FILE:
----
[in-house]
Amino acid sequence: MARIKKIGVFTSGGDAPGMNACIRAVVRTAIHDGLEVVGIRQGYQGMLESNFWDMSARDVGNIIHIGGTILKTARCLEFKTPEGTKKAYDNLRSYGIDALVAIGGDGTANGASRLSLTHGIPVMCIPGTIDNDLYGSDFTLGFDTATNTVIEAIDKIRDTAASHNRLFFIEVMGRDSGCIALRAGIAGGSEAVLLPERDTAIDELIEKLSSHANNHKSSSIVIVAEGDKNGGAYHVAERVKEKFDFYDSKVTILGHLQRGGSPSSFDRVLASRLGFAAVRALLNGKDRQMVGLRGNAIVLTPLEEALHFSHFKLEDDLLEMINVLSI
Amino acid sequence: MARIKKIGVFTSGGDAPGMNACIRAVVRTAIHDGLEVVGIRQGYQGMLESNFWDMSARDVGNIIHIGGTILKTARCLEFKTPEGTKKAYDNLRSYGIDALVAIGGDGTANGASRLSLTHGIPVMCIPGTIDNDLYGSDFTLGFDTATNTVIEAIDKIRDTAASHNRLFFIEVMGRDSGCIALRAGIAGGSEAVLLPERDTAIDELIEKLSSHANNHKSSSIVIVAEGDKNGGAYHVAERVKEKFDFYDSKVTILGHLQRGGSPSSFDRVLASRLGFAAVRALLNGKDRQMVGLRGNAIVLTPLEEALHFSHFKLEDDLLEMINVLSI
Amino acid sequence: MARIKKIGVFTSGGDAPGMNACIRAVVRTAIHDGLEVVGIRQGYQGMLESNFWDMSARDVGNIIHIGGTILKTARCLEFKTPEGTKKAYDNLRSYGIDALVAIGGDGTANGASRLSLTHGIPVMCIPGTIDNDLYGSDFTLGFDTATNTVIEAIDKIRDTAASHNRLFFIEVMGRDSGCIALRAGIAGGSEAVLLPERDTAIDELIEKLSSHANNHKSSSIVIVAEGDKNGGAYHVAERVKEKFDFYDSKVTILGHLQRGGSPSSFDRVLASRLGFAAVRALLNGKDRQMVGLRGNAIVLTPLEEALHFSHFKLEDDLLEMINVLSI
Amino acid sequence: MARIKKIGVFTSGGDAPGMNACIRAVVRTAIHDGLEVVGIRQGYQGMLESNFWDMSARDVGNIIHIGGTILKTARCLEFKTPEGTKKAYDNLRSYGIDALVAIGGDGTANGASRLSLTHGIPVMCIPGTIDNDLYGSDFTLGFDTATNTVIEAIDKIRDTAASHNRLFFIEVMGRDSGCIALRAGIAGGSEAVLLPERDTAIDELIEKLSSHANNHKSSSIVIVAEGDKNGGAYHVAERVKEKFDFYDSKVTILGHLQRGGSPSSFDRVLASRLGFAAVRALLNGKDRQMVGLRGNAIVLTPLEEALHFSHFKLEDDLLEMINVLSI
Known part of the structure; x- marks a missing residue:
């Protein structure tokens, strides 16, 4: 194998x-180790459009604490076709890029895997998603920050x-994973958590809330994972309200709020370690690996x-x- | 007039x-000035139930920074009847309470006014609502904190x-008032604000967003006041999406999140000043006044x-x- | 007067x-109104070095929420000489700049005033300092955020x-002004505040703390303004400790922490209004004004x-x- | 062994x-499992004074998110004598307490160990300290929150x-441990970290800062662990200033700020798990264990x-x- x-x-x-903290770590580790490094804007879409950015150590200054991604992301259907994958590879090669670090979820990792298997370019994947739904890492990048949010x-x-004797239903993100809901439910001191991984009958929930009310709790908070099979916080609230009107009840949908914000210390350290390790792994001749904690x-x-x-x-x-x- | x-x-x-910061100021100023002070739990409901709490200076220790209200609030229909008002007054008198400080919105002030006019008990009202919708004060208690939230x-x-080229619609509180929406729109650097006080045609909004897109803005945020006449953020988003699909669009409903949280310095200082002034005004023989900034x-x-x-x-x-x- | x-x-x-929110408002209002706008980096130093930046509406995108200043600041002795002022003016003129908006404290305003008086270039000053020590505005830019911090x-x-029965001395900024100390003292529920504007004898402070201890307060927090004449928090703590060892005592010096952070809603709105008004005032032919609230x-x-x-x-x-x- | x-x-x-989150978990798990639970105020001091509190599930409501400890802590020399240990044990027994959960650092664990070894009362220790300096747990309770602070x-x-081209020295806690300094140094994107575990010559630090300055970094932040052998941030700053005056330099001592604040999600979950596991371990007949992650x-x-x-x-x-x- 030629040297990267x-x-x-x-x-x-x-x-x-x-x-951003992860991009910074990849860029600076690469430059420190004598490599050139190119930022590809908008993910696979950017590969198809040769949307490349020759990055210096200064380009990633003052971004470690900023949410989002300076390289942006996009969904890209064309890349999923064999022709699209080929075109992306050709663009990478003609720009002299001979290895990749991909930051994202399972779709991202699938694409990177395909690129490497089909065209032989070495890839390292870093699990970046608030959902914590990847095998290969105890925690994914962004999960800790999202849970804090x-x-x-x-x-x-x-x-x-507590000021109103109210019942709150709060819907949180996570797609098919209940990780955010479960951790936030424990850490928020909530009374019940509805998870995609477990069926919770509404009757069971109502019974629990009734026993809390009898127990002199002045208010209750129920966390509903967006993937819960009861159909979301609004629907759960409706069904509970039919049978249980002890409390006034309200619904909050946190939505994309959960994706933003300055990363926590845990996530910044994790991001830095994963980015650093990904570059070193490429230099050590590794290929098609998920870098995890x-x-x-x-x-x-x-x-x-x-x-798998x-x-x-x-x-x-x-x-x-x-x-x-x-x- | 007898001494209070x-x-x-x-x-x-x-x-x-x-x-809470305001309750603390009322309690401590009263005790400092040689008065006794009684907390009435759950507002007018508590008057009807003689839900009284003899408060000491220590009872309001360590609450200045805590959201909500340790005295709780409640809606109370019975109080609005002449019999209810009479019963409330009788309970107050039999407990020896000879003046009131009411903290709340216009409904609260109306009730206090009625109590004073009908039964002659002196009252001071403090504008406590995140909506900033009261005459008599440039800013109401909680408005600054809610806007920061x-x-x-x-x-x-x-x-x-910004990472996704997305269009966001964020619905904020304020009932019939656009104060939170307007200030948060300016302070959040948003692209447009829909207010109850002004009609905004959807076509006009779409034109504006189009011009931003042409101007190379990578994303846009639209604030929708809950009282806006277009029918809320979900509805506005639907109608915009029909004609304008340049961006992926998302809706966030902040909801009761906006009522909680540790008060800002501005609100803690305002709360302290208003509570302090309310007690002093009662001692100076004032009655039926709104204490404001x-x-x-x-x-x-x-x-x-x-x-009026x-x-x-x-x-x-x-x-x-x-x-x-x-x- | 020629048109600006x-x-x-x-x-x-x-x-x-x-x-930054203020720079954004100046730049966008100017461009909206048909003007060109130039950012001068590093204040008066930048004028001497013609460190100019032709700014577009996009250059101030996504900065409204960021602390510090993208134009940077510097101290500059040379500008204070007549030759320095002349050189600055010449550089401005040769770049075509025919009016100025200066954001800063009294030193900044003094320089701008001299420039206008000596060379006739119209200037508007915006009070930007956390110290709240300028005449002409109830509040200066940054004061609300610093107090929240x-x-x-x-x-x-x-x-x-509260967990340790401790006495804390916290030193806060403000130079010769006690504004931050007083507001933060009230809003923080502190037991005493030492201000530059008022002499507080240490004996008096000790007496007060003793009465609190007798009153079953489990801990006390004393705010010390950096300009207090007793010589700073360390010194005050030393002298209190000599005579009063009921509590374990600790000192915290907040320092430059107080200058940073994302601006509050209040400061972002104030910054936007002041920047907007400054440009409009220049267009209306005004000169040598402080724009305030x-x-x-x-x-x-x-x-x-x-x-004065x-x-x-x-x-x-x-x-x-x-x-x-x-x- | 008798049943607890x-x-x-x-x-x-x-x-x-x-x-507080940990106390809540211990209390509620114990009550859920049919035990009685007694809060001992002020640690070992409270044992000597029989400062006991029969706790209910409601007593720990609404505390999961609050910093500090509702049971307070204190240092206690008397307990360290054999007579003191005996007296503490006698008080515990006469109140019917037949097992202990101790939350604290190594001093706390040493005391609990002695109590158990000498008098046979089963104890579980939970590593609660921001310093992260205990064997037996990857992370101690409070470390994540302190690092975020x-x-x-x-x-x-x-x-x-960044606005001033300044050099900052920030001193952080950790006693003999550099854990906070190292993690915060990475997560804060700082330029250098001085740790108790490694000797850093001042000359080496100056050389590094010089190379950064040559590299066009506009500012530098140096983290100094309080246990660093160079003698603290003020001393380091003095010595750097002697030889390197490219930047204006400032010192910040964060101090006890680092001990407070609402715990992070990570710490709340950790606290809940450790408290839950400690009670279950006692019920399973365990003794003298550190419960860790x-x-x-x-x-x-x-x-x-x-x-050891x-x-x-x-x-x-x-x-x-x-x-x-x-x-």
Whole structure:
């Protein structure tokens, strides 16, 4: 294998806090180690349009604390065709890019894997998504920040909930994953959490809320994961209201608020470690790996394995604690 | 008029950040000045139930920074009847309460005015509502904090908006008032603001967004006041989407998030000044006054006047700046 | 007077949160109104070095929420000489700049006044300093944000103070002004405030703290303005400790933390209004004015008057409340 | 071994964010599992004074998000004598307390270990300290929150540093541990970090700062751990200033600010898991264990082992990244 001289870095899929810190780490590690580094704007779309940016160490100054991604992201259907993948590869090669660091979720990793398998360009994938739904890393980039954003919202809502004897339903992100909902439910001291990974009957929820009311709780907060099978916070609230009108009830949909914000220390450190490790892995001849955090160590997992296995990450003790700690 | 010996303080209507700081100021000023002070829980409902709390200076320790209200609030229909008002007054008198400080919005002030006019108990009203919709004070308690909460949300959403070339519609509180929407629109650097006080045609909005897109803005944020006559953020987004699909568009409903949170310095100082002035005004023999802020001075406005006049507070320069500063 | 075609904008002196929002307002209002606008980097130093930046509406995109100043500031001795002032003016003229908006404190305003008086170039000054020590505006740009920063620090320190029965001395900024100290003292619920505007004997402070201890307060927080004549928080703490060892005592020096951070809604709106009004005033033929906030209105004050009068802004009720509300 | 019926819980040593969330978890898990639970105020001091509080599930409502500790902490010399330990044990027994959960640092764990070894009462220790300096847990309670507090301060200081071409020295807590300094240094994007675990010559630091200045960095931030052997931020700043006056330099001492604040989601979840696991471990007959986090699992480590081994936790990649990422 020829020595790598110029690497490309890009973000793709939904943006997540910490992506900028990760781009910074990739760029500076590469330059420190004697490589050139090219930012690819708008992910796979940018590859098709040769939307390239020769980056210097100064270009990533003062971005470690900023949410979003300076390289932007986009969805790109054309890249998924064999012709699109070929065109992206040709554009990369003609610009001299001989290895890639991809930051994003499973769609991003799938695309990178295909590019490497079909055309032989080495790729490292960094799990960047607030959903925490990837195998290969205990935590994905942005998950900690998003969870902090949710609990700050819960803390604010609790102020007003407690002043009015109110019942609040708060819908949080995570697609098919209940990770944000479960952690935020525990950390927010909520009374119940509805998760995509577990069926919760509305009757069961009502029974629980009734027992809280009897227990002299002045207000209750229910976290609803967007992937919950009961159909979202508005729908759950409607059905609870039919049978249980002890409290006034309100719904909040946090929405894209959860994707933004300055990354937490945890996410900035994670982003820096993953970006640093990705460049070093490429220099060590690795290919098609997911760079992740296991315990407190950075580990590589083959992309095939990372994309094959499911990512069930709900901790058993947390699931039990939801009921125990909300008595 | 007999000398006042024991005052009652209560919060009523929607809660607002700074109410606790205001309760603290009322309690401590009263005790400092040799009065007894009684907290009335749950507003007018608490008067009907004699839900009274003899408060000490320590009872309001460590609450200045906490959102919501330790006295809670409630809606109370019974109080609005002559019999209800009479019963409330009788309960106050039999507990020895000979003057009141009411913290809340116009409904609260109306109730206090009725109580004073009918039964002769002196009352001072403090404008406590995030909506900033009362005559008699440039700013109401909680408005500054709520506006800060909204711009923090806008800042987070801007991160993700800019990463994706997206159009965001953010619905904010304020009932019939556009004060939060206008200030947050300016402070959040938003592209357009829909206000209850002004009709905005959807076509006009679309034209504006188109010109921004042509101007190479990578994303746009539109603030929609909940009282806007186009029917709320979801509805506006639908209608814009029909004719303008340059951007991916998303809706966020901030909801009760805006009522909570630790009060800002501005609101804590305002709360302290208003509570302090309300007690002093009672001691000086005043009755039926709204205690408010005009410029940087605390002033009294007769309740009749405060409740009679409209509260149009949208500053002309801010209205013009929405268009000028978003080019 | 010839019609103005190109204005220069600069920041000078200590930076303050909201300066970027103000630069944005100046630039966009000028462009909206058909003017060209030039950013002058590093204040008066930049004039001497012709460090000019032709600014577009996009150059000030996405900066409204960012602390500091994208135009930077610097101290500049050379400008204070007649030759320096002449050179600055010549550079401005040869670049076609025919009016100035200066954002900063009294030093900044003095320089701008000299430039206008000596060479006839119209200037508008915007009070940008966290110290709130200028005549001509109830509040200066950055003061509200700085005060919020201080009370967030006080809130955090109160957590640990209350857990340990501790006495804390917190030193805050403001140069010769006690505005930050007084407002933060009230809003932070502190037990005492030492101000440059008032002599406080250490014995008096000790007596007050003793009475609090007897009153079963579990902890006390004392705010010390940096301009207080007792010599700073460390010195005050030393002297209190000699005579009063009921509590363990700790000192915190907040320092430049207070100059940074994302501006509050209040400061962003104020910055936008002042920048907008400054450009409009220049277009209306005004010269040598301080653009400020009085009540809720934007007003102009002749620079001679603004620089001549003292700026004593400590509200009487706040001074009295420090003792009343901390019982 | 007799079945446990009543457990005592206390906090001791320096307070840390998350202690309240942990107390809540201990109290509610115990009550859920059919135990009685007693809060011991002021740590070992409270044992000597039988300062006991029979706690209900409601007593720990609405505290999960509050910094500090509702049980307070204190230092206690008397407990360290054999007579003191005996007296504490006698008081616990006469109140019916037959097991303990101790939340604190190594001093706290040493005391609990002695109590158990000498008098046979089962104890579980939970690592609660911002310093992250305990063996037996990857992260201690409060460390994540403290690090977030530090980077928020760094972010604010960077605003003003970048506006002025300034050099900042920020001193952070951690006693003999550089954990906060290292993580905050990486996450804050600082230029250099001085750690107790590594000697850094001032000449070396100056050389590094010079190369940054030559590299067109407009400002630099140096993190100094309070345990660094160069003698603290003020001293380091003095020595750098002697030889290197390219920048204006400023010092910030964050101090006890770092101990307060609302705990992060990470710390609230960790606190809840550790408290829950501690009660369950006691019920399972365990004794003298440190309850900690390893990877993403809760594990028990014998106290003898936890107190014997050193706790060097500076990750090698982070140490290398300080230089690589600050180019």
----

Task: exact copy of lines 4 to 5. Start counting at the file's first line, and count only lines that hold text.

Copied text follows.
Amino acid sequence: MARIKKIGVFTSGGDAPGMNACIRAVVRTAIHDGLEVVGIRQGYQGMLESNFWDMSARDVGNIIHIGGTILKTARCLEFKTPEGTKKAYDNLRSYGIDALVAIGGDGTANGASRLSLTHGIPVMCIPGTIDNDLYGSDFTLGFDTATNTVIEAIDKIRDTAASHNRLFFIEVMGRDSGCIALRAGIAGGSEAVLLPERDTAIDELIEKLSSHANNHKSSSIVIVAEGDKNGGAYHVAERVKEKFDFYDSKVTILGHLQRGGSPSSFDRVLASRLGFAAVRALLNGKDRQMVGLRGNAIVLTPLEEALHFSHFKLEDDLLEMINVLSI
Amino acid sequence: MARIKKIGVFTSGGDAPGMNACIRAVVRTAIHDGLEVVGIRQGYQGMLESNFWDMSARDVGNIIHIGGTILKTARCLEFKTPEGTKKAYDNLRSYGIDALVAIGGDGTANGASRLSLTHGIPVMCIPGTIDNDLYGSDFTLGFDTATNTVIEAIDKIRDTAASHNRLFFIEVMGRDSGCIALRAGIAGGSEAVLLPERDTAIDELIEKLSSHANNHKSSSIVIVAEGDKNGGAYHVAERVKEKFDFYDSKVTILGHLQRGGSPSSFDRVLASRLGFAAVRALLNGKDRQMVGLRGNAIVLTPLEEALHFSHFKLEDDLLEMINVLSI